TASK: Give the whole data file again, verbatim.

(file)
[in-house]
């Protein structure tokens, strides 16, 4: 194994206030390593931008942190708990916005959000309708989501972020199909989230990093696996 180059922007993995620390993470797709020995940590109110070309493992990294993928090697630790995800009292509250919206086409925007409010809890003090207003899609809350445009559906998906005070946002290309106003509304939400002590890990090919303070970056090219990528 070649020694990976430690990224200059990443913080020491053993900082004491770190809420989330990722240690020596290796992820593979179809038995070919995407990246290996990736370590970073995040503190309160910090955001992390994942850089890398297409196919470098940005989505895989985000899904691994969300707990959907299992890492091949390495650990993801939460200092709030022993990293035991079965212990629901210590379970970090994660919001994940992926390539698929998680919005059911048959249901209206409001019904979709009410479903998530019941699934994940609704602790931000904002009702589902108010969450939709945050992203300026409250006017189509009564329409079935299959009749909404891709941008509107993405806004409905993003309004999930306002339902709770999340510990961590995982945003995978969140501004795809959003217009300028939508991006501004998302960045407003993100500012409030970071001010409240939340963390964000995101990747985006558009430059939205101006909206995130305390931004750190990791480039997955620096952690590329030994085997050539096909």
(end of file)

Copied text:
[in-house]
């Protein structure tokens, strides 16, 4: 194994206030390593931008942190708990916005959000309708989501972020199909989230990093696996 180059922007993995620390993470797709020995940590109110070309493992990294993928090697630790995800009292509250919206086409925007409010809890003090207003899609809350445009559906998906005070946002290309106003509304939400002590890990090919303070970056090219990528 070649020694990976430690990224200059990443913080020491053993900082004491770190809420989330990722240690020596290796992820593979179809038995070919995407990246290996990736370590970073995040503190309160910090955001992390994942850089890398297409196919470098940005989505895989985000899904691994969300707990959907299992890492091949390495650990993801939460200092709030022993990293035991079965212990629901210590379970970090994660919001994940992926390539698929998680919005059911048959249901209206409001019904979709009410479903998530019941699934994940609704602790931000904002009702589902108010969450939709945050992203300026409250006017189509009564329409079935299959009749909404891709941008509107993405806004409905993003309004999930306002339902709770999340510990961590995982945003995978969140501004795809959003217009300028939508991006501004998302960045407003993100500012409030970071001010409240939340963390964000995101990747985006558009430059939205101006909206995130305390931004750190990791480039997955620096952690590329030994085997050539096909």